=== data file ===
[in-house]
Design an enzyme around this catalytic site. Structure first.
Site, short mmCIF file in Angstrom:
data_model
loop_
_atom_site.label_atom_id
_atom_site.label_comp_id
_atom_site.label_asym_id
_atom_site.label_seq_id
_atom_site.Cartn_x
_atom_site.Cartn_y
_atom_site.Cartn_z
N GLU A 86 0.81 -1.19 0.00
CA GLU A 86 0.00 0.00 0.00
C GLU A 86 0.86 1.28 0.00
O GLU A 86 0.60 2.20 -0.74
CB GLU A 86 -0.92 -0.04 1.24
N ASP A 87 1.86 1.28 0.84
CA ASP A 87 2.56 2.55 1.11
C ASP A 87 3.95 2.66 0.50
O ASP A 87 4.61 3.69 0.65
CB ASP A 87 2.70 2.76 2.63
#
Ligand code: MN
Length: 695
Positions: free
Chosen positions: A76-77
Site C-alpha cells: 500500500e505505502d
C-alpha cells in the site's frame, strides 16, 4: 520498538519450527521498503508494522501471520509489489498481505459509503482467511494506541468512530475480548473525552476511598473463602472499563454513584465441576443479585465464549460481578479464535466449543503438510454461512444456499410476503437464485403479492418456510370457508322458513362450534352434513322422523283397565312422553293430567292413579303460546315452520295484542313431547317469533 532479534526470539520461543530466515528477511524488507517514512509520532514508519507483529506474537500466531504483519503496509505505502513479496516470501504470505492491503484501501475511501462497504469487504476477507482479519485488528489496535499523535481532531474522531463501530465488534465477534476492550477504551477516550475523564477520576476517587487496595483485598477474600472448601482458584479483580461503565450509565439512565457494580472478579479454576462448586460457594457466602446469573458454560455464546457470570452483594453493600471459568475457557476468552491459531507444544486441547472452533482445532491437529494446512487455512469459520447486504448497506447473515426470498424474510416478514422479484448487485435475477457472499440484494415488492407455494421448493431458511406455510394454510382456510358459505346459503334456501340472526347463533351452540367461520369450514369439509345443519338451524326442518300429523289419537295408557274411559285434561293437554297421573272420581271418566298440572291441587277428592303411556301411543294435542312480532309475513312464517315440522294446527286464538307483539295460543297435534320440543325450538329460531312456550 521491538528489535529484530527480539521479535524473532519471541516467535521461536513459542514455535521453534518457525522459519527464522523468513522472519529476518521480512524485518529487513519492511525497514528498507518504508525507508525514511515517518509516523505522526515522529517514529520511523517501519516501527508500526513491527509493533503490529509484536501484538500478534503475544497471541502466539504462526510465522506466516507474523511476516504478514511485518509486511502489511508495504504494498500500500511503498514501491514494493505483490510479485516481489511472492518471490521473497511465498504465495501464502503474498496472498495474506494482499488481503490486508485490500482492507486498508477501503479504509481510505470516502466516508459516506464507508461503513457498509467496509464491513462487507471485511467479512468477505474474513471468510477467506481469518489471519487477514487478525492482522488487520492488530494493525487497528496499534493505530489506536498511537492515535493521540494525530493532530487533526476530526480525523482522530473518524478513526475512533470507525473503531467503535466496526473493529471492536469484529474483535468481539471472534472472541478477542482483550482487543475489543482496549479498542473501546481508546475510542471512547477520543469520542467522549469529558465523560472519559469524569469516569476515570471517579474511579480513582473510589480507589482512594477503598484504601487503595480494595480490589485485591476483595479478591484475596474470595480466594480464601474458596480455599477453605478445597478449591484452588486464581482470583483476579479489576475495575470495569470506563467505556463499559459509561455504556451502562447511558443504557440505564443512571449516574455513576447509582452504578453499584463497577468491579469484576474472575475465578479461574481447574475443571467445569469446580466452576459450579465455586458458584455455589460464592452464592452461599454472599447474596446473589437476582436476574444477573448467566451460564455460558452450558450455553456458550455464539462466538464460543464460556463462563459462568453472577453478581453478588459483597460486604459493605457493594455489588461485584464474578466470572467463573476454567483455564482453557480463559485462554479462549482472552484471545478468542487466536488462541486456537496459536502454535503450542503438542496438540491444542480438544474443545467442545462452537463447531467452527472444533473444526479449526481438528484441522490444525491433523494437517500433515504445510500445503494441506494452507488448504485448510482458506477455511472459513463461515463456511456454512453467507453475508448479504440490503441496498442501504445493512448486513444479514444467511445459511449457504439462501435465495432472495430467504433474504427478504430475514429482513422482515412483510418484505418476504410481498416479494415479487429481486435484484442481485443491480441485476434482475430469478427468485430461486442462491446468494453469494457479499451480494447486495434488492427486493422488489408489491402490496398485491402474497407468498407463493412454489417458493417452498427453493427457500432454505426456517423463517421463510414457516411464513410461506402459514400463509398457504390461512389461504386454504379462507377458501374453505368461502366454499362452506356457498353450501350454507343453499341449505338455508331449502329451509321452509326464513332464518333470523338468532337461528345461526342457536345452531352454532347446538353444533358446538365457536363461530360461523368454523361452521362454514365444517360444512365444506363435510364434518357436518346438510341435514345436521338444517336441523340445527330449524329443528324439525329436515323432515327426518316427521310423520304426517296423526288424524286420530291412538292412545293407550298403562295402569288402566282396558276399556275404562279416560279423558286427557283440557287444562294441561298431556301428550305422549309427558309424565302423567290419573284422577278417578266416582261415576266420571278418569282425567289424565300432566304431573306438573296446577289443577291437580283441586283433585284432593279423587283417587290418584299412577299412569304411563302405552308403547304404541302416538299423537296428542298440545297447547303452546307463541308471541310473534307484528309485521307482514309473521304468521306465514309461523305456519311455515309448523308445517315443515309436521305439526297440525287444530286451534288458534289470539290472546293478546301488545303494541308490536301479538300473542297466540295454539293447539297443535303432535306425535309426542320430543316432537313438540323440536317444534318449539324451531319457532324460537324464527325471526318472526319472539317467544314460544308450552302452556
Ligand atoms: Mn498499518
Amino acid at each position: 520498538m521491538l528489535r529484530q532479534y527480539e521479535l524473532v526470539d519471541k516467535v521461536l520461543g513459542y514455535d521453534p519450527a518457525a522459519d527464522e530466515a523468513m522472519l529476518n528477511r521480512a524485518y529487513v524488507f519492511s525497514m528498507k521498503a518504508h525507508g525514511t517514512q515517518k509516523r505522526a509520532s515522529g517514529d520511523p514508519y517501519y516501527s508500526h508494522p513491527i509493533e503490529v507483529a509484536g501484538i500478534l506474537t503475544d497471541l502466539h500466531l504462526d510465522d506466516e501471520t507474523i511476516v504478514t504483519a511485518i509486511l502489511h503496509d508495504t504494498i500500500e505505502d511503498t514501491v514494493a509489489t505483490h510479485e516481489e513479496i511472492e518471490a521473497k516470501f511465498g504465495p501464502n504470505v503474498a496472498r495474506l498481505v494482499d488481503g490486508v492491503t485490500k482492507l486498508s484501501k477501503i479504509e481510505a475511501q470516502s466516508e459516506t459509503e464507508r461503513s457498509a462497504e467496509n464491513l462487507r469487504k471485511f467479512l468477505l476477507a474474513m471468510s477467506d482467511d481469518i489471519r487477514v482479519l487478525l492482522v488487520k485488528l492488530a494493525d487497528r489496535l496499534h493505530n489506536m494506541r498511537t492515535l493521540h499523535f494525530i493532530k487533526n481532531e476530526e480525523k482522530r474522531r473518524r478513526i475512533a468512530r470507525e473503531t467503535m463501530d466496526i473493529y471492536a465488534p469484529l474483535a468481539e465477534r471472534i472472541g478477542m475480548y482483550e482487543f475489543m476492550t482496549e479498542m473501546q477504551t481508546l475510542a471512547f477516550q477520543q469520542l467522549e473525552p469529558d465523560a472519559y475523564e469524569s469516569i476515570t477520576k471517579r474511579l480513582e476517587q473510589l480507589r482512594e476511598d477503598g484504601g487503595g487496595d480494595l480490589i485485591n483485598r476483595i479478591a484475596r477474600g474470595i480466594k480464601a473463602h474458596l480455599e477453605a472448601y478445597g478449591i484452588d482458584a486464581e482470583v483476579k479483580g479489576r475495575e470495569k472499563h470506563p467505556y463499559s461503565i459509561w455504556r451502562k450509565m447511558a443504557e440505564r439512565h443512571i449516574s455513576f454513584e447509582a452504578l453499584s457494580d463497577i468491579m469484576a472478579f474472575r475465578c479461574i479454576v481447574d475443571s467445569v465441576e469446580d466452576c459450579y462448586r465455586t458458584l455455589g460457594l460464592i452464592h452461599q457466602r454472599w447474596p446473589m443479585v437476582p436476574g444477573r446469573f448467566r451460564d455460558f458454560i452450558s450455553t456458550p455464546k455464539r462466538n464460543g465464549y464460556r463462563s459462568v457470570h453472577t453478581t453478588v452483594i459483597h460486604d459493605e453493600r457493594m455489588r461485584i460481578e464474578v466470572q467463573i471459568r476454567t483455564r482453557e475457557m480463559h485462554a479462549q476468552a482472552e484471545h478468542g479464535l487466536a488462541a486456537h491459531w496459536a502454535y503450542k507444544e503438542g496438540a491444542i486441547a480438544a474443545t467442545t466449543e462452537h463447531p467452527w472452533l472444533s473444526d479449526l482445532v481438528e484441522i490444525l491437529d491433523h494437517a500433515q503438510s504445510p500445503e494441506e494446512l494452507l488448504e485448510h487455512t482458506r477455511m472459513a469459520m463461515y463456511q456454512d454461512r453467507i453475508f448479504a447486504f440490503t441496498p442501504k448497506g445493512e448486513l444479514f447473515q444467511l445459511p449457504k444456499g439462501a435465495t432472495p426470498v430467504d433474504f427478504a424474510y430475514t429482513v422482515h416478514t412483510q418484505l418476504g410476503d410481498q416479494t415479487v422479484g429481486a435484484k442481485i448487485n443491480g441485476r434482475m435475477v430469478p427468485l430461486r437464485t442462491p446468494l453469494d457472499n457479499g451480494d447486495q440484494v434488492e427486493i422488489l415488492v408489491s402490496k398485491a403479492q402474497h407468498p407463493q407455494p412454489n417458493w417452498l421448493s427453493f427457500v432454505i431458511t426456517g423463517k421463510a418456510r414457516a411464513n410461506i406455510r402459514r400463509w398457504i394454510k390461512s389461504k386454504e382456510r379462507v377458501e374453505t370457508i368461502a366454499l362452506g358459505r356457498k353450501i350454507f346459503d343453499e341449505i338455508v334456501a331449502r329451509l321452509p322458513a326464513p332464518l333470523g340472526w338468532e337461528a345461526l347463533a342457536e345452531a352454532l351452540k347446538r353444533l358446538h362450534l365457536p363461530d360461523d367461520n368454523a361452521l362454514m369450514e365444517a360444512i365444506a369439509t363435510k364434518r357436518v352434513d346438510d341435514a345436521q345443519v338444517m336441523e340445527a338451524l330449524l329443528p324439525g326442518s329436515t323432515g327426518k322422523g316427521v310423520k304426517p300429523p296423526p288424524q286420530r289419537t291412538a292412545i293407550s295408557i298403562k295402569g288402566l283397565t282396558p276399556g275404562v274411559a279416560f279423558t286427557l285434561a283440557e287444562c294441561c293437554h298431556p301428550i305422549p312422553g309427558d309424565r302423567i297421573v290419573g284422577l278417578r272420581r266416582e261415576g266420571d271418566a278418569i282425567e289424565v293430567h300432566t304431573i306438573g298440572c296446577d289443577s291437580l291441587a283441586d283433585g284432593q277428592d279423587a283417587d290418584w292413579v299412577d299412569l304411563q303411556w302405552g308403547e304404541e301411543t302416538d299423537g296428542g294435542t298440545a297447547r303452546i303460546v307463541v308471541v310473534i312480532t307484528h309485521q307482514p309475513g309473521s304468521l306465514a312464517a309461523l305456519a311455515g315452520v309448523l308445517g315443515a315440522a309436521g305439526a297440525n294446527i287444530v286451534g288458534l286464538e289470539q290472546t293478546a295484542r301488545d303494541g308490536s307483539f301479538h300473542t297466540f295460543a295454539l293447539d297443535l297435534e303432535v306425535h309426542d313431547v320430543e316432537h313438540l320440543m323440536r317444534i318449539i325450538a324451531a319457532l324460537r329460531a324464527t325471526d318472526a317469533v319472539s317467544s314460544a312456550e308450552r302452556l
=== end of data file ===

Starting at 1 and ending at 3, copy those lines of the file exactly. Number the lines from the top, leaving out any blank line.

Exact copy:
[in-house]
Design an enzyme around this catalytic site. Structure first.
Site, short mmCIF file in Angstrom: